What Will the Next Decade Bring for Medicine?

A Big Think article by, deskarati favourite, Michio Kaku

No one has a crystal ball, but some predictions that I made in recent years are coming into sharp focus with every scientific advance. For starters, every year, more organs of the body can be grown in the laboratory from our own cells. Just last year, a complete windpipe was grown and implanted in a woman. Also, for mice, a complete beating heart was grown from scratch using stem cells. Also, the technology of bio-printers is making major strides and will continue to do so over the next few years. These printers, such as the one developed by Invetech and Organovo, can print human tissue onto a three-dimensional template creating organs and even arteries. Read Organovo’s Press Release about their success of the “First Bioprinted Blood Vessels”. The Federal Drug Administration (FDA) has this past year given approval for the first tests of stem cells to cure spinal cord injury.
Also, It took $3 billion to sequence all the genes of the first human. Now, the price had gone down to $50,000 per genome with predictions stating that within a few decades, it will go down to less than $100. For more information on the decreasing costs of this process, please refer to my January 2nd blog entry “Personal Genome Sequencing Technology is Now Faster and Cheaper—And Fits on a Tabletop”. The fact of the matter is that when the price decreases to such low amounts, then everyone will have their own owner’s manual, maybe in their credit card. By scanning millions of these genomes for young people, and then for old people, and then subtracting, we might be able to find the genes which control the aging process.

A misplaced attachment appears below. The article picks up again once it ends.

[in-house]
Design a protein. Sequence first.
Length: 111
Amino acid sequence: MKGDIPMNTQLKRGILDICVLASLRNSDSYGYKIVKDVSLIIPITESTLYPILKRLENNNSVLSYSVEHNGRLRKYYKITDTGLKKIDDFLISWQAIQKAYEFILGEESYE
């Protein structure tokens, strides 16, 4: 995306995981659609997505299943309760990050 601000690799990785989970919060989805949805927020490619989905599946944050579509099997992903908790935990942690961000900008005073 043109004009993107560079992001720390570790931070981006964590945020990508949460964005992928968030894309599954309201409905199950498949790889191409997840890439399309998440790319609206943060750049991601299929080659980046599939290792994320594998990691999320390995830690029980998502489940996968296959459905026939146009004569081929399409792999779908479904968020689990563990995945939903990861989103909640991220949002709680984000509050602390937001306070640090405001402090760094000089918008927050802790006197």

In science fiction, like Star Trek, there is device called the Tricorder which can magically scan any body and tell you what is wrong with it. Since the days of Star Trek, a few companies have built their own versions of this instrument, including NASA. Some of the more recent ones are software and hardware modifications to existing cellular phones. A health educator and her team based out of North Carolina made a few modifications to a cellular phone and allowed for it to take brilliant close-up images such as viewing thousands of individual cells in a droplet of blood. These types of portable devices, once they become refined will provide an extreme advantage to medical workers in the field who need results quickly without having to send them to another lab and wait for the results. As stated, these devices are already in their testing phases so it shouldn’t be too terrible long before the technology is both strong and reliable enough before they are readily available. Like everything else, it will be expensive at first. But as demonstrated above with the extreme decrease in the price of sequencing the genome. The price of such a “Tricoder” device will be next-to-nothing.

Read the whole article here bigthink

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